• “But a certain man named Ananias, with Sapphira his wife, sold a possession, And kept back part of the price,”

12. Do I hope somebody notices me?
    Gal. 5:26

  • “Let us not be desirous of vain glory, provoking one another, envying one another.”

13. Does it edify?
    1st Cor. 14:26

  • “How is it then, brethren? when ye come together, every one of you hath a psalm, hath a doctrine, hath a tongue, hath a revelation, hath an interpretation. Let all things be done unto edifying.”

14. Am I being selfish?
    Phil. 2:3-4

  • “Let nothing be done through strife or vain glory; but in lowliness of mind let each esteem other better than themselves. Look not every man on his own things, but every man also on the things of others.”

15. Am I denying the flesh?
    Luke 14:26

  • “If any man come to me, and hate not his father, and mother, and wife, and children, and brethren, and sisters, yea, and his own life also, he cannot be my disciple.”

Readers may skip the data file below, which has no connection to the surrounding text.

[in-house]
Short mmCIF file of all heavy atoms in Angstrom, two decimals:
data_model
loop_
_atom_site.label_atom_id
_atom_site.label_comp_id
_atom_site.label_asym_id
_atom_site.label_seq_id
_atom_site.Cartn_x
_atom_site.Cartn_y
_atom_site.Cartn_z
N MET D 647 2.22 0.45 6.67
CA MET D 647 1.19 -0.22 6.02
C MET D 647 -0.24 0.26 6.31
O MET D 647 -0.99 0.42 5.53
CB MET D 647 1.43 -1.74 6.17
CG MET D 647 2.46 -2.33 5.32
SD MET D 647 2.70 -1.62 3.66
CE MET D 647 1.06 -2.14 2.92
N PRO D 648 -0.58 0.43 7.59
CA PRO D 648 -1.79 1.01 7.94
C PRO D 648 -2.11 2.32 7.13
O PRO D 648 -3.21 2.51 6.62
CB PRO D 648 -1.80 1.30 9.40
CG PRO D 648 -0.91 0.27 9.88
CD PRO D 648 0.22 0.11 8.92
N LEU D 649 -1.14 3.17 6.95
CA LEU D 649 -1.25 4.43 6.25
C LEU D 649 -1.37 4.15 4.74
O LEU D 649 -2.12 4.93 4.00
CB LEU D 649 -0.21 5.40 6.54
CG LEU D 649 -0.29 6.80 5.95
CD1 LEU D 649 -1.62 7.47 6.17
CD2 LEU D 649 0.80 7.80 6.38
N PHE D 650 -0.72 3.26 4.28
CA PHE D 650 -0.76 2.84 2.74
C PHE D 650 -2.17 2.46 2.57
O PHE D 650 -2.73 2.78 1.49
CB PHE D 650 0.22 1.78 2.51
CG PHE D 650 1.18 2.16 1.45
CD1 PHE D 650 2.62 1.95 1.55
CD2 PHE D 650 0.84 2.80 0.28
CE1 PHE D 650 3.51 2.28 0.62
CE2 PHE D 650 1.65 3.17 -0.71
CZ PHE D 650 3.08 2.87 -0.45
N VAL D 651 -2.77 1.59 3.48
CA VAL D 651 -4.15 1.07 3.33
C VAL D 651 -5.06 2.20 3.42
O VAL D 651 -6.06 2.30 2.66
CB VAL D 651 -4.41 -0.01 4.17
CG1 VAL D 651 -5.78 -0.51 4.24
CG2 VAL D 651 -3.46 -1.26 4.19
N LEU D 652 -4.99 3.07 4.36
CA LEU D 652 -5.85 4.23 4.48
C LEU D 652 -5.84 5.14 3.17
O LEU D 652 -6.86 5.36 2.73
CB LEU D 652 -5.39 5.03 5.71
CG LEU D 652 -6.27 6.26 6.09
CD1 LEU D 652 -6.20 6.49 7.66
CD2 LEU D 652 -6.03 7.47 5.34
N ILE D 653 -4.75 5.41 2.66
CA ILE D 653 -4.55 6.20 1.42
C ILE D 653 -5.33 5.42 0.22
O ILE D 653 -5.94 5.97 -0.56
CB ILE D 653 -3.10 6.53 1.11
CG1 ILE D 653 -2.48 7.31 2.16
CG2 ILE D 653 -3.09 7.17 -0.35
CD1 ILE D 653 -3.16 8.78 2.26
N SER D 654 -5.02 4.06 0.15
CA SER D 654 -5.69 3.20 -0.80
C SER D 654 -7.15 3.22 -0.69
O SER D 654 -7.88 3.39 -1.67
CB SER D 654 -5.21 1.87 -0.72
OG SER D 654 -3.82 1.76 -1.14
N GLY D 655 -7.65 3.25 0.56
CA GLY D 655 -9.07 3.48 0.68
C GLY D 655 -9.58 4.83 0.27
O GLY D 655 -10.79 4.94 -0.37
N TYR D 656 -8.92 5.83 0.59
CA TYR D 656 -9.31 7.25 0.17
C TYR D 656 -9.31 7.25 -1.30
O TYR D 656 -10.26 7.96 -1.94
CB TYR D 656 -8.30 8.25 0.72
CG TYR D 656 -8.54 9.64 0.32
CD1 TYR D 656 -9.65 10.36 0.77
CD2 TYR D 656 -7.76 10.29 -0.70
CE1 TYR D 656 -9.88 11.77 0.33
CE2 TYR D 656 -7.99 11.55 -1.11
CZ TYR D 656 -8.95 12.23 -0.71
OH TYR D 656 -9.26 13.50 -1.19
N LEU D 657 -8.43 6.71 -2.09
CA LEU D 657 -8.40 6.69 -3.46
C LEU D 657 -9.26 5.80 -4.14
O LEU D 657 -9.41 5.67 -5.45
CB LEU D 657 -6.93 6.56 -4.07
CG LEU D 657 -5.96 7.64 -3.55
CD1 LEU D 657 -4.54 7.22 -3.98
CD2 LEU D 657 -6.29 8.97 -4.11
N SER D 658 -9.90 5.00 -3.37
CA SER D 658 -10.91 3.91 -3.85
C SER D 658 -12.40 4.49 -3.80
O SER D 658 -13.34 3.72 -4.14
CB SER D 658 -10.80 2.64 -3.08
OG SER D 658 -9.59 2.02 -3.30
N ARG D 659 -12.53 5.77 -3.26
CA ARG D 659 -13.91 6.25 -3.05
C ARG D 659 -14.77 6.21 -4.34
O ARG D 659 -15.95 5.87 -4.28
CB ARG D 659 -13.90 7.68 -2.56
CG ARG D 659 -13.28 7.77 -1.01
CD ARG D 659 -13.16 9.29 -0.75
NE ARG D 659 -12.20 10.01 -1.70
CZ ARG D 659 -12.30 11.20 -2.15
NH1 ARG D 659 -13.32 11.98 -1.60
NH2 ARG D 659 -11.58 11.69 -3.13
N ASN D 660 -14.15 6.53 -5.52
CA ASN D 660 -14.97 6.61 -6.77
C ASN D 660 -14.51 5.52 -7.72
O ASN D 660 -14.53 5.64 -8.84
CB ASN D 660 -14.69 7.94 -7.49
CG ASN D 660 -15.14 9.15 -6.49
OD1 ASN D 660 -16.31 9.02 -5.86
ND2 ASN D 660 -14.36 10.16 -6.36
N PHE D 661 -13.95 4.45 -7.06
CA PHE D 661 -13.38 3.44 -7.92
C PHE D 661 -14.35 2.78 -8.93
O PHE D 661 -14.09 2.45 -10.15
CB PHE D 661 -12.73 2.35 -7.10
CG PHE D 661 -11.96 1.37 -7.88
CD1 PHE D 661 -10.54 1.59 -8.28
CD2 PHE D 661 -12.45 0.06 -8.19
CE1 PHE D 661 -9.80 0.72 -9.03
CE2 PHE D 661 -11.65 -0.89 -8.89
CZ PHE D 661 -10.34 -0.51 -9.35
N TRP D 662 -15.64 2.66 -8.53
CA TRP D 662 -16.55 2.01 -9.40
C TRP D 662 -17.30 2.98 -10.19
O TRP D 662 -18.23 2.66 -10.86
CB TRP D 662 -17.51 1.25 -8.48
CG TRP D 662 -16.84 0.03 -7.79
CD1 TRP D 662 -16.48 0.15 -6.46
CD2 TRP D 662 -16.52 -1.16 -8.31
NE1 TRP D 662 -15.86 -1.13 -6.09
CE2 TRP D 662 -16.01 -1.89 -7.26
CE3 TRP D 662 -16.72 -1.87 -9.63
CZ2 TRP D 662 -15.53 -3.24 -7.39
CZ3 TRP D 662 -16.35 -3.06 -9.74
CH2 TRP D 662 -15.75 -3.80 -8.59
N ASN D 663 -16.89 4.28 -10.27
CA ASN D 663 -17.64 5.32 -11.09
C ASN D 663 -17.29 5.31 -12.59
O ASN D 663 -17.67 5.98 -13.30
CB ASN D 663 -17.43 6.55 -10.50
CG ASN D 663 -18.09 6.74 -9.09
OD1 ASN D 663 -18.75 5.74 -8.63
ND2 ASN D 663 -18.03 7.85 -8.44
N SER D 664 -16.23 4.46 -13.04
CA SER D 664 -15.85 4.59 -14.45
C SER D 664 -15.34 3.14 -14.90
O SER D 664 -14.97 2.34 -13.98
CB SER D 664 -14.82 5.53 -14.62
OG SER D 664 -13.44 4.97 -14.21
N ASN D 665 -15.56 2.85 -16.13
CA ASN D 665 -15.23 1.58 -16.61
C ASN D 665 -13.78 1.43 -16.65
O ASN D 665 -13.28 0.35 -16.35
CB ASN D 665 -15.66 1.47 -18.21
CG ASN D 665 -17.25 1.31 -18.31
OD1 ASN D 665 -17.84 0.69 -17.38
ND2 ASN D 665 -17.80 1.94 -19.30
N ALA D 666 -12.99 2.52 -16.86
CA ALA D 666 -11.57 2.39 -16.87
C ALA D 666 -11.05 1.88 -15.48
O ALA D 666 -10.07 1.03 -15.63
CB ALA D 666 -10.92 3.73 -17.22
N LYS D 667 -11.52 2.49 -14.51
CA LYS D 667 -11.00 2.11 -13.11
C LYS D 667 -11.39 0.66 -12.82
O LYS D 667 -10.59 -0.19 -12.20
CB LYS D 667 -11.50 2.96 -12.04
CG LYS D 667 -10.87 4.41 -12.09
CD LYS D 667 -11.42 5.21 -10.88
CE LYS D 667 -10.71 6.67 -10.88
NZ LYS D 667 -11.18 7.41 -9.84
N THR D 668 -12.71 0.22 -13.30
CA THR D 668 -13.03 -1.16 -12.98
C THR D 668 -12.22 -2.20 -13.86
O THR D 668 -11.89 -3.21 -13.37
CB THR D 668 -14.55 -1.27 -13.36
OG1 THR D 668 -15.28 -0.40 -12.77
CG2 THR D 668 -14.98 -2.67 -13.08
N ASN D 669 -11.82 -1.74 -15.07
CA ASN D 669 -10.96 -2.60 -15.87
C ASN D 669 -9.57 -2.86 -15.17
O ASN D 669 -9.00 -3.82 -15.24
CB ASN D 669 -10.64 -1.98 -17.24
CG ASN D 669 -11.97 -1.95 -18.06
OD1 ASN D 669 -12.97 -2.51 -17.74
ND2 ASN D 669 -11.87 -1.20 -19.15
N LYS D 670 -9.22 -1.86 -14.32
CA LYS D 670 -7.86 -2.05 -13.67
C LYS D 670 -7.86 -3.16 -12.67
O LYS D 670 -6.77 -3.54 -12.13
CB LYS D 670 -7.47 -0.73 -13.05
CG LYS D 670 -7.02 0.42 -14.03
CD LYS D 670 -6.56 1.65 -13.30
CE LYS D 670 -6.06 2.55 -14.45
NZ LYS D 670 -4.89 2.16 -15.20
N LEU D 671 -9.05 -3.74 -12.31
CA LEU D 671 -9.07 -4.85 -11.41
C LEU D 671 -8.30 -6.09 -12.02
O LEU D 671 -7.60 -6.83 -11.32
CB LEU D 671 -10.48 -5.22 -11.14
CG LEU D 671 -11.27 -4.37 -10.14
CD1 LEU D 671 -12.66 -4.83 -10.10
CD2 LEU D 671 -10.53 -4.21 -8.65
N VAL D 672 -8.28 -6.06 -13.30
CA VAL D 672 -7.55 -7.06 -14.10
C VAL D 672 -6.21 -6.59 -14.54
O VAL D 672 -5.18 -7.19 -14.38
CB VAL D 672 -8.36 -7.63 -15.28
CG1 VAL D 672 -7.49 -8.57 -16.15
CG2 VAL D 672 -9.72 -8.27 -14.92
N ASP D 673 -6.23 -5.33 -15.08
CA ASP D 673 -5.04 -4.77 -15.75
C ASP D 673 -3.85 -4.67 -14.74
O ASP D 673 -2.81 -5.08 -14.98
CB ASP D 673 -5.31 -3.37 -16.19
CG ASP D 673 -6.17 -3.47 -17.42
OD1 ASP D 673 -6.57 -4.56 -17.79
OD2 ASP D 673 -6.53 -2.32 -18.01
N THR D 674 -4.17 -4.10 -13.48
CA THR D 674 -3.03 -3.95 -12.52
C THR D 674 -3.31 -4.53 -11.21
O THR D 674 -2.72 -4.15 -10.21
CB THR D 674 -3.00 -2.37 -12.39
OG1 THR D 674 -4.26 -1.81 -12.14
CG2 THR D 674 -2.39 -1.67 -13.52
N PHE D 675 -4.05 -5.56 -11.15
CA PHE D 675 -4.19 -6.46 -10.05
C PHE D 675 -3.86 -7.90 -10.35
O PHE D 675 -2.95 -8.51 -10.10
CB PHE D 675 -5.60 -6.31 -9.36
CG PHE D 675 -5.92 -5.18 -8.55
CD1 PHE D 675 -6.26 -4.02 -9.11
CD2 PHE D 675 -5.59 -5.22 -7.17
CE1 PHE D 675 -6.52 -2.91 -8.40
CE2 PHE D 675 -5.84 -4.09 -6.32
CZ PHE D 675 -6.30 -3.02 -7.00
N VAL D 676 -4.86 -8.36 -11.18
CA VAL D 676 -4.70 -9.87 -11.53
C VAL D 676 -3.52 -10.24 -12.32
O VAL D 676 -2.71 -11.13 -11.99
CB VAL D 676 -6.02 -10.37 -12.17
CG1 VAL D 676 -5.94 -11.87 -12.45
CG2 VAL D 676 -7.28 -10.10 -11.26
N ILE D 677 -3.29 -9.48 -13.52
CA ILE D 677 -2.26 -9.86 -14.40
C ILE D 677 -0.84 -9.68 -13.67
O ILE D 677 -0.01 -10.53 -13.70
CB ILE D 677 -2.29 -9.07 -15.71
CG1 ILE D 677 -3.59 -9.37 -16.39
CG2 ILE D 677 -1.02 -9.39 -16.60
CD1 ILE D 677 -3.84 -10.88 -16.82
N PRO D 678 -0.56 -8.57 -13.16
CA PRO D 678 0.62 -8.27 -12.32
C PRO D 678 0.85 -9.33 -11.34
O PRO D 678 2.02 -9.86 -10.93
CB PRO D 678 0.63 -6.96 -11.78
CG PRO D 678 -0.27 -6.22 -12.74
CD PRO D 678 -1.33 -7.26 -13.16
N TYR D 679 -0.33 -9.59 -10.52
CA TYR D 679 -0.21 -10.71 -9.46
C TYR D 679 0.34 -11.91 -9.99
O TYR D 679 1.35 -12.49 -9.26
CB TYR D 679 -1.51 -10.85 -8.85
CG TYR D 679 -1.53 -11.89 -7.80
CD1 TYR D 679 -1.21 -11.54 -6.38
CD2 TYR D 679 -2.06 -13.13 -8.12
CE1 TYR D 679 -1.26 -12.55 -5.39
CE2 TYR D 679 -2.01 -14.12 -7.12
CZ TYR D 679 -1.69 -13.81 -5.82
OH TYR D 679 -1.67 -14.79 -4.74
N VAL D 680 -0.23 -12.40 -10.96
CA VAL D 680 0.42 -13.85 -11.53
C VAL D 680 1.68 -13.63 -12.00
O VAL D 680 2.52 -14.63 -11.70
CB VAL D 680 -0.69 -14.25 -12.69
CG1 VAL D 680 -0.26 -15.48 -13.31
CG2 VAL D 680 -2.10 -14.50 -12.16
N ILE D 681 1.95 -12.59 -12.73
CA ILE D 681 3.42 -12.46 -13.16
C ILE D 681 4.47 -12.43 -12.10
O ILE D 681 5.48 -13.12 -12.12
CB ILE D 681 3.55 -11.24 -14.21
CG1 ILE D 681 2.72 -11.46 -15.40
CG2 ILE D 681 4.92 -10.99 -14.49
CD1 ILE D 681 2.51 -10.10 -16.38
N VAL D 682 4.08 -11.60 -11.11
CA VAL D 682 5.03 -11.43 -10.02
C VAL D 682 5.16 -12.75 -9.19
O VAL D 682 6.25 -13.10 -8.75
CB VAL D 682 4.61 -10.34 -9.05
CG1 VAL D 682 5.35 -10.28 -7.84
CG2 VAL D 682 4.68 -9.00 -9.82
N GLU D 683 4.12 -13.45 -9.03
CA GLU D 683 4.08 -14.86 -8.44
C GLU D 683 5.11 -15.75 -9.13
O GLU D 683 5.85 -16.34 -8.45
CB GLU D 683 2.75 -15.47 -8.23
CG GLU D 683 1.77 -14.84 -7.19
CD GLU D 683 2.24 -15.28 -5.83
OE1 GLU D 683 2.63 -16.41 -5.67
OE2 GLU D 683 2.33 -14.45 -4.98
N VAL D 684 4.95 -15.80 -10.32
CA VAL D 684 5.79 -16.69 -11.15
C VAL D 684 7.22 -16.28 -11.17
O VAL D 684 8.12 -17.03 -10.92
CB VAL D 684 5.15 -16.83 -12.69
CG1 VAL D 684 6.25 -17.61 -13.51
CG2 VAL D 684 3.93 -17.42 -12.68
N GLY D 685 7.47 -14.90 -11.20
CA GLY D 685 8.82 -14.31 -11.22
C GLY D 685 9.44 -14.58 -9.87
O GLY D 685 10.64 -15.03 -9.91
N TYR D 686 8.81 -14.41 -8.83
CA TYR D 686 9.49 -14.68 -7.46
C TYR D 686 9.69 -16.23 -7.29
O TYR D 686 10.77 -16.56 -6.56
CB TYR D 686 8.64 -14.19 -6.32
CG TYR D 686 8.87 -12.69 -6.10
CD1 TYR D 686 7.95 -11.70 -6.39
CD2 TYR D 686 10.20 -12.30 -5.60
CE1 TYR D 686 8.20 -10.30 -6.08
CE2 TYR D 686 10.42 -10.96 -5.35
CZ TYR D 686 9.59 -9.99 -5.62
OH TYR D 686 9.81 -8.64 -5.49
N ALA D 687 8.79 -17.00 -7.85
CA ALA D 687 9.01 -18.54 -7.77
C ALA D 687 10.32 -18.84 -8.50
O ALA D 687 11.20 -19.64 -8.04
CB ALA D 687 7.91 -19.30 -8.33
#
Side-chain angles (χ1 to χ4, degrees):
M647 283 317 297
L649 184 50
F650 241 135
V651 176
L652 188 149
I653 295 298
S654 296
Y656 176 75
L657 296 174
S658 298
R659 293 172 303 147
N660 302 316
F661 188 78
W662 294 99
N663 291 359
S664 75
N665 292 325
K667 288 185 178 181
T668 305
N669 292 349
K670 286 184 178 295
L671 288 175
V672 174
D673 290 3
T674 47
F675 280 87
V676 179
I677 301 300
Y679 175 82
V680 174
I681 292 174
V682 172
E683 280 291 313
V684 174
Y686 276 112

Luke 9:23

  • “And he said to them all, If any man will come after me, let him deny himself, and take up his cross daily, and follow me.”

16. Am I putting Christ first?
    Col. 1:18

  • “And he is the head of the body, the church: who is the beginning, the firstborn from the dead; that in all things he might have the preeminence.”

17. Is it expedient?
    1st Cor. 10:23

  • “All things are lawful for me, but all things are not expedient: all things are lawful for me, but all things edify not.”

18. Will it bring glory to God?
    1st Cor. 10:31

  • “Whether therefore ye eat, or drink, or whatsoever ye do, do all to the glory of God.”

19. Am I deceiving myself or being deceived?
    1st Cor. 3:18

  • “Let no man deceive himself. If any man among you seemeth to be wise in this world, let him become a fool, that he may be wise.”

20. Do I know better?
    1st Cor. 8:10